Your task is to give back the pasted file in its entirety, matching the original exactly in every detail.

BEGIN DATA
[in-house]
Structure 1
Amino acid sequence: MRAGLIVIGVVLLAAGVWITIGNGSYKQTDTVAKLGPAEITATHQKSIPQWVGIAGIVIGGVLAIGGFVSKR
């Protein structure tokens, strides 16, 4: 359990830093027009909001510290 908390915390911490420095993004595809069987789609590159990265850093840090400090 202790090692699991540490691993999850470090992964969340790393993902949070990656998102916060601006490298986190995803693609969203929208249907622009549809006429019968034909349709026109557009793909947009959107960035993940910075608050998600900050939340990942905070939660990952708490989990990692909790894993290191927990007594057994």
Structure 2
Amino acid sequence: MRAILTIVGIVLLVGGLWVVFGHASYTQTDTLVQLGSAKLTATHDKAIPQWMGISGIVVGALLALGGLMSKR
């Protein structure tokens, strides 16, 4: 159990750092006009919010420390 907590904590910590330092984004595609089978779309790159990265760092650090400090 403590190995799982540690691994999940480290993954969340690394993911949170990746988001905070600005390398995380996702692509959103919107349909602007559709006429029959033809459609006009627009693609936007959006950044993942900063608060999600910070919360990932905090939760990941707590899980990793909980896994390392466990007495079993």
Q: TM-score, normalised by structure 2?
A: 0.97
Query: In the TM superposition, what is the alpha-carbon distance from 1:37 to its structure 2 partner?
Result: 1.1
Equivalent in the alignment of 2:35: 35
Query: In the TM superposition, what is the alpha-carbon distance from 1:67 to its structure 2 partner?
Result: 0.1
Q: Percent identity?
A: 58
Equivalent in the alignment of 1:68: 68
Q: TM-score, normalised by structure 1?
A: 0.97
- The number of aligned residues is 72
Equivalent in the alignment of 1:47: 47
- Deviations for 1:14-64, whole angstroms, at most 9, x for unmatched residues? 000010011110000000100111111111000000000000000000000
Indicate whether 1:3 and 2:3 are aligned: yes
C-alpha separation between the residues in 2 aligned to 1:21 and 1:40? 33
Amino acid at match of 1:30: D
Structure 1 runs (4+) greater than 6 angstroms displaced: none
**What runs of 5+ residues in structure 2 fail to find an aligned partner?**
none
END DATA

[in-house]
Structure 1
Amino acid sequence: MRAGLIVIGVVLLAAGVWITIGNGSYKQTDTVAKLGPAEITATHQKSIPQWVGIAGIVIGGVLAIGGFVSKR
């Protein structure tokens, strides 16, 4: 359990830093027009909001510290 908390915390911490420095993004595809069987789609590159990265850093840090400090 202790090692699991540490691993999850470090992964969340790393993902949070990656998102916060601006490298986190995803693609969203929208249907622009549809006429019968034909349709026109557009793909947009959107960035993940910075608050998600900050939340990942905070939660990952708490989990990692909790894993290191927990007594057994």
Structure 2
Amino acid sequence: MRAILTIVGIVLLVGGLWVVFGHASYTQTDTLVQLGSAKLTATHDKAIPQWMGISGIVVGALLALGGLMSKR
């Protein structure tokens, strides 16, 4: 159990750092006009919010420390 907590904590910590330092984004595609089978779309790159990265760092650090400090 403590190995799982540690691994999940480290993954969340690394993911949170990746988001905070600005390398995380996702692509959103919107349909602007559709006429029959033809459609006009627009693609936007959006950044993942900063608060999600910070919360990932905090939760990941707590899980990793909980896994390392466990007495079993």
Q: TM-score, normalised by structure 2?
A: 0.97
Query: In the TM superposition, what is the alpha-carbon distance from 1:37 to its structure 2 partner?
Result: 1.1
Equivalent in the alignment of 2:35: 35
Query: In the TM superposition, what is the alpha-carbon distance from 1:67 to its structure 2 partner?
Result: 0.1
Q: Percent identity?
A: 58
Equivalent in the alignment of 1:68: 68
Q: TM-score, normalised by structure 1?
A: 0.97
- The number of aligned residues is 72
Equivalent in the alignment of 1:47: 47
- Deviations for 1:14-64, whole angstroms, at most 9, x for unmatched residues? 000010011110000000100111111111000000000000000000000
Indicate whether 1:3 and 2:3 are aligned: yes
C-alpha separation between the residues in 2 aligned to 1:21 and 1:40? 33
Amino acid at match of 1:30: D
Structure 1 runs (4+) greater than 6 angstroms displaced: none
**What runs of 5+ residues in structure 2 fail to find an aligned partner?**
none